85. One thing I could not help but notice is that 2006 R3 shows an increase of 45 mm, while all the other releases show 20-25 mm. From 2004 to 2008 the line is flattening at 20-25 mm. Clearly someone had some data problems there.

    And one has to take into account the increased accuracy of the global measurements achievable by TOPEX/Poseidon and Jason. These two missions employed differential GPS that allowed accuracies of 10’s of CMs in surface measurements. Before that the error bars must have been in the meters range. If you look at the period for these two missions it is +/- 20 mm, well within the error bars for differential GPS from LOE considering the tidal situations you illustrated so well.

    If one takes the limits of differential GPS from LOE into account, then the changes form 1960 to 2008 shown in the New Zealand graph could all be due to simply having better measurements – no appreciable increases may have occurred during this period.

    Trying to say there are 20-25 mm’s difference in a measurement whose accuracy I doubt is below 10 cm’s seems to be a stretch.

    FYI – I am doing this all from memory from my work at NASA reviewing applications of GPS to NASA programs from the mid 1990’s. If someone has actual references that would be interesting to see.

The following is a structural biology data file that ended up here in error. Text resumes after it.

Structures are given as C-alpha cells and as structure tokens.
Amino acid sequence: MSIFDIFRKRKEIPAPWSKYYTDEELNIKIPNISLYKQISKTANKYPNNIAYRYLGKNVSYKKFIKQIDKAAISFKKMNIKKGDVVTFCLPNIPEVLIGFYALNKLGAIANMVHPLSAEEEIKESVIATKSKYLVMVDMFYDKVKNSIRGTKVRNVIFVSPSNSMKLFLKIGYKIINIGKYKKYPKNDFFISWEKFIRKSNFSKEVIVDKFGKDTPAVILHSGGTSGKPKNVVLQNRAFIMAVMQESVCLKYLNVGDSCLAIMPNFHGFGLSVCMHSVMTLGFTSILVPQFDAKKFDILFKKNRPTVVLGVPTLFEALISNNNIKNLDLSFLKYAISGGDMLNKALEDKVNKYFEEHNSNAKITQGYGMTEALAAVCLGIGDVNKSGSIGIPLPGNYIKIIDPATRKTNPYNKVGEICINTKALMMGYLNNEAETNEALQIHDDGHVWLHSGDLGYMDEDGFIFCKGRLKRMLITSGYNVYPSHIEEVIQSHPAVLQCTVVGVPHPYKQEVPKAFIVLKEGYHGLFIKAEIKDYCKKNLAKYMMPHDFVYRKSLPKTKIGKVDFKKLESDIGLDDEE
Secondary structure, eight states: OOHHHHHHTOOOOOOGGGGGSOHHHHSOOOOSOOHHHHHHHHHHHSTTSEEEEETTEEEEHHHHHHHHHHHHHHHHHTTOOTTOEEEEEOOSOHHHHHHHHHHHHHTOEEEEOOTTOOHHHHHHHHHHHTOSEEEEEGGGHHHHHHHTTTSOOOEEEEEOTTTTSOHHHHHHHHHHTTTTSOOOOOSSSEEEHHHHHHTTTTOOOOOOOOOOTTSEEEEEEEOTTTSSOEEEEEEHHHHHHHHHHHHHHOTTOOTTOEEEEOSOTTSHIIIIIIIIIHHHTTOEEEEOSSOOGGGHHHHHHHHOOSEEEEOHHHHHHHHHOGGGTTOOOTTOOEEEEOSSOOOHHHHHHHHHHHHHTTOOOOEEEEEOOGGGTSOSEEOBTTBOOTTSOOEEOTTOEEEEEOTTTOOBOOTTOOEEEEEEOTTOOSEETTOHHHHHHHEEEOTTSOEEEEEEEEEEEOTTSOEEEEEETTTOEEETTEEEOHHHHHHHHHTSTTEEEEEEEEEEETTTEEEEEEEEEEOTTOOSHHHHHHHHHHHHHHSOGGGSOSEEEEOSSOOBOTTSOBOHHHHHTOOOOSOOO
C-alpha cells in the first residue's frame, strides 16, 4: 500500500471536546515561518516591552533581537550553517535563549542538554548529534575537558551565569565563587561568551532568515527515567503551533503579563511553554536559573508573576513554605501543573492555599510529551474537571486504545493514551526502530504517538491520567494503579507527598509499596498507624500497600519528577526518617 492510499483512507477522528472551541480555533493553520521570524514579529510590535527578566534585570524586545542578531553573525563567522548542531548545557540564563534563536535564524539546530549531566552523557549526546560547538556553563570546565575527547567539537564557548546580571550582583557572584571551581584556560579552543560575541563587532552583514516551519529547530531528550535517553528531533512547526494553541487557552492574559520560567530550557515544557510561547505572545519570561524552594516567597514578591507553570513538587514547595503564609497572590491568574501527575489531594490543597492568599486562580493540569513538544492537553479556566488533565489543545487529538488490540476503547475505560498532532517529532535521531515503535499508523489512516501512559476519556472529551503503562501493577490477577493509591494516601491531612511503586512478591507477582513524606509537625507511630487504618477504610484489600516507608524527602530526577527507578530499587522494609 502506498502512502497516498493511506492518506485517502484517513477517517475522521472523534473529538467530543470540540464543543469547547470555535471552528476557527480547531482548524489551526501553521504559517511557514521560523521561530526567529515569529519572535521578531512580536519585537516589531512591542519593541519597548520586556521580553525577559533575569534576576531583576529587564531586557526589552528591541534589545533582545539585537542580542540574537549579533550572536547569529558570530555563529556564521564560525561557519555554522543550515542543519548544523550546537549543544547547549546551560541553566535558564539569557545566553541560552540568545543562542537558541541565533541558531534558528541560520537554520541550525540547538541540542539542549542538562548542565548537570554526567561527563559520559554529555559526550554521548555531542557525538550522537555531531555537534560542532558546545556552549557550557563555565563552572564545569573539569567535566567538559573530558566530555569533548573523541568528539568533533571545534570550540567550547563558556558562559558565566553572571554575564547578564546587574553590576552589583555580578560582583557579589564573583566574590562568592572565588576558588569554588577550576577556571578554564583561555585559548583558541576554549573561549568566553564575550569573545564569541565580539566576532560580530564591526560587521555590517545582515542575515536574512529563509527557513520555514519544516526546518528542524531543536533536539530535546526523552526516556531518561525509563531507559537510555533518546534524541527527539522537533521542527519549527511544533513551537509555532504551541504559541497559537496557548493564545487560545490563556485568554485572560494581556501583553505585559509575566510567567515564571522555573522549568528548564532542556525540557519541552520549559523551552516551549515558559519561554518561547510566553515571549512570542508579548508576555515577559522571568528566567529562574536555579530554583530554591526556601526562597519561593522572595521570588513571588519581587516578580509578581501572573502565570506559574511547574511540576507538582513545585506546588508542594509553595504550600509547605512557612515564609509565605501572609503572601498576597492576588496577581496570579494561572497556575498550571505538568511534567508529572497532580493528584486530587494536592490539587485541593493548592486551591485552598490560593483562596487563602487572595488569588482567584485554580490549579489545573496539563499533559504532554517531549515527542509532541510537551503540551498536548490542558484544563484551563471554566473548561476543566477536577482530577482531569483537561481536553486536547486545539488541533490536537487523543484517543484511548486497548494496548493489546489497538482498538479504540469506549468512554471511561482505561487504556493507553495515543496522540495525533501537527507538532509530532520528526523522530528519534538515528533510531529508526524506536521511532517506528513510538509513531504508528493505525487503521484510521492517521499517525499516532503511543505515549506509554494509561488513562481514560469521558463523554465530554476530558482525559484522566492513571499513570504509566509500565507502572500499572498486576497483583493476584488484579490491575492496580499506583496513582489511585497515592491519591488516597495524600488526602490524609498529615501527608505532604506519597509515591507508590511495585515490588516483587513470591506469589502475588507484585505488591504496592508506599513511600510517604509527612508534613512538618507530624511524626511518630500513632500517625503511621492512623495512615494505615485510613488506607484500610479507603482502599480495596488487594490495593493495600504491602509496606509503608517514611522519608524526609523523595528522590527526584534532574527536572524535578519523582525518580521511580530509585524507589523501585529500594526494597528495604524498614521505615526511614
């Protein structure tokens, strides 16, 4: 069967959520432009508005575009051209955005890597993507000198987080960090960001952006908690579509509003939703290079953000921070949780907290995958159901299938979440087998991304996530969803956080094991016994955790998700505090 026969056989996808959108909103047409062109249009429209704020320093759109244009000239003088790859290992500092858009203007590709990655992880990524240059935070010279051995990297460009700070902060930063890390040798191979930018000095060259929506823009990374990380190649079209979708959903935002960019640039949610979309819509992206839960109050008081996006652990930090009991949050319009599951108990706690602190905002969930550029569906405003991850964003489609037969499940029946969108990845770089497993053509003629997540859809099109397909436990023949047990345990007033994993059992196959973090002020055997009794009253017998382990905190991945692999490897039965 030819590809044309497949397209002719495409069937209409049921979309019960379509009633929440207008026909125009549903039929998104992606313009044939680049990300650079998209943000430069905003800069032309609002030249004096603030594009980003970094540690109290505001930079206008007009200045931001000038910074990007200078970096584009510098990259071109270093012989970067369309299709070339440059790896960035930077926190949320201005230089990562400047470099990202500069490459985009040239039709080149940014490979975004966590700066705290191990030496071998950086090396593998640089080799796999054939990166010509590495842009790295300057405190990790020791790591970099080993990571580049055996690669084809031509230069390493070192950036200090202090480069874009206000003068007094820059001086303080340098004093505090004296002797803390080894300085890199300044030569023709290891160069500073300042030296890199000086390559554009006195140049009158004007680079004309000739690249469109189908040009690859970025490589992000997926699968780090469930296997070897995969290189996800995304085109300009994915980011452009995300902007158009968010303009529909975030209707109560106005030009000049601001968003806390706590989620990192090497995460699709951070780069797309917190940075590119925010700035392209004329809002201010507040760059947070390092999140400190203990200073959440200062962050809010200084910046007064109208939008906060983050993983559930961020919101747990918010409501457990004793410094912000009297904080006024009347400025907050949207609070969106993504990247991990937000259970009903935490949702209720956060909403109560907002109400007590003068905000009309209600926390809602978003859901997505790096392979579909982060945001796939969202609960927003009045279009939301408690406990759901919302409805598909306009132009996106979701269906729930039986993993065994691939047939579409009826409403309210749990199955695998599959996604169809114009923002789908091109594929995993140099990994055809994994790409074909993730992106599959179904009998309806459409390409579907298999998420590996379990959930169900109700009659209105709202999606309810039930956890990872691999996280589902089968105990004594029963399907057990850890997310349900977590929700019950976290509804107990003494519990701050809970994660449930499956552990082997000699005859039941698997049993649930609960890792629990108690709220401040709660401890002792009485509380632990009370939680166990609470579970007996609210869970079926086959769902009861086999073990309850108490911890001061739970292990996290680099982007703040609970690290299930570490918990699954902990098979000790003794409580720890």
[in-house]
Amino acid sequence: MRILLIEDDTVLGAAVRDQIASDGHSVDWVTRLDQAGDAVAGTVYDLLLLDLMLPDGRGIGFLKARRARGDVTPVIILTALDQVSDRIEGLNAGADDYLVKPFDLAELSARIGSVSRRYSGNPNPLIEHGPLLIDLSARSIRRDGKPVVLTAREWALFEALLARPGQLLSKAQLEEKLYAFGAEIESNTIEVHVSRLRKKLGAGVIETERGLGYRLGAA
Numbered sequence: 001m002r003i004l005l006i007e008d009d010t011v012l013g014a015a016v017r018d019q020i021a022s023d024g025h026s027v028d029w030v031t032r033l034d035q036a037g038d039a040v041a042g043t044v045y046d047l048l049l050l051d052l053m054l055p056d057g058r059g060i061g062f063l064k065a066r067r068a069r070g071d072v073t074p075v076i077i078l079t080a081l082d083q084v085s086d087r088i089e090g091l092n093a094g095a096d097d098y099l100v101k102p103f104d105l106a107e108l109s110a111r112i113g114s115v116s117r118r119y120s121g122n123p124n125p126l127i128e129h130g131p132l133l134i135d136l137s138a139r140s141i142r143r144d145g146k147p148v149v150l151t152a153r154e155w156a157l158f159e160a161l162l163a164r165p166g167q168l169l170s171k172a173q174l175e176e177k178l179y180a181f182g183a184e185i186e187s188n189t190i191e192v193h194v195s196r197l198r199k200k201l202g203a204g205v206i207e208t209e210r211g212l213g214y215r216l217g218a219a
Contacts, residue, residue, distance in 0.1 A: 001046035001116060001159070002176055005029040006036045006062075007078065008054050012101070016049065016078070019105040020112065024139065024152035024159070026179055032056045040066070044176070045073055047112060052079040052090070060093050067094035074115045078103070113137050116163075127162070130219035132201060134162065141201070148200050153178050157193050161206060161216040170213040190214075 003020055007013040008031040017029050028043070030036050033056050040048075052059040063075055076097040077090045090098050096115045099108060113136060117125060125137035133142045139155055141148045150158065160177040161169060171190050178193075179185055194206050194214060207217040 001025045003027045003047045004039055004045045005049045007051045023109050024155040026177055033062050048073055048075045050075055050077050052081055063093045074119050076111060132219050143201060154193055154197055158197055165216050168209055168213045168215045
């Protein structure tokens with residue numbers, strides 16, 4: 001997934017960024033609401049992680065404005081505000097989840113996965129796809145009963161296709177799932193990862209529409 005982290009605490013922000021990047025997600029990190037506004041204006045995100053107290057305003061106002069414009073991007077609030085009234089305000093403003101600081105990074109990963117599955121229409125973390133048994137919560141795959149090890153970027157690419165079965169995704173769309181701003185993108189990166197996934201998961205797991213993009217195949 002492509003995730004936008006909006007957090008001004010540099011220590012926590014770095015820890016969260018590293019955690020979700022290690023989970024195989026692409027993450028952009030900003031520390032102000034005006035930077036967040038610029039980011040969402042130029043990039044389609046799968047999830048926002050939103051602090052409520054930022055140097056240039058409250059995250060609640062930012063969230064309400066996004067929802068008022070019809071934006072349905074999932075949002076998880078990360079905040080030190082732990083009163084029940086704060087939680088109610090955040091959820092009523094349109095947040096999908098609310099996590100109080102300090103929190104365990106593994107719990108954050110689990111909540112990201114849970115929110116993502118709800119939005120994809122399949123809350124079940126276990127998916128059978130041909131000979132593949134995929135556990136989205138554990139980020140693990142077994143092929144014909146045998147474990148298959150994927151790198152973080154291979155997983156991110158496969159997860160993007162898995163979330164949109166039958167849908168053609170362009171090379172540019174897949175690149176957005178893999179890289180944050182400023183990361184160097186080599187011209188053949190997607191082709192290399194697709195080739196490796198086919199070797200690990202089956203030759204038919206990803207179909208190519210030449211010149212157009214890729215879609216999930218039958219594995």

Cheers, AJStrata

  86. Gary Pearce notes:

    This flooding of the Ganges Delta has figured so prominently in the AGW arsenal of disasters to come and is a fixture on BBC’s doomsday documentaries that gets trundled out every time there is something new to say,

    The primary cause of delta fatalities are cyclones (hurricanes) and water born diseases.

    The April 1991 Bangladesh Cyclone killed 138,000 people. Packing 255 km/h (158 mph) winds, the cyclone brought drove ashore a storm surge estimated at between 6 m (20 ft) and 9 m (30 ft). Many deaths were attributed to a lack of cyclone shelters. See Risk factors for mortality in the 1991 Bangladesh Cyclone C. Bern et al. Bull. World Health Organization, V.71, pp 73-78 (1993)
    Their survey suggested that those who reached shelters survived, while deaths were primarily among women and children below 10 who did not reach cyclone shelters.
    See: The Bangladesh Cyclone of 1991: Why So Many People Died
    A. Mushtaque R. Chowdhury 1 , Abbas U. Bhuyia 2 , A. Yusuf Choudhury 3 Rita Sen 4 (1993) Disasters Vol. 17 #4, pp 291 – 304, 18 Dec 2007
    ABSTRACT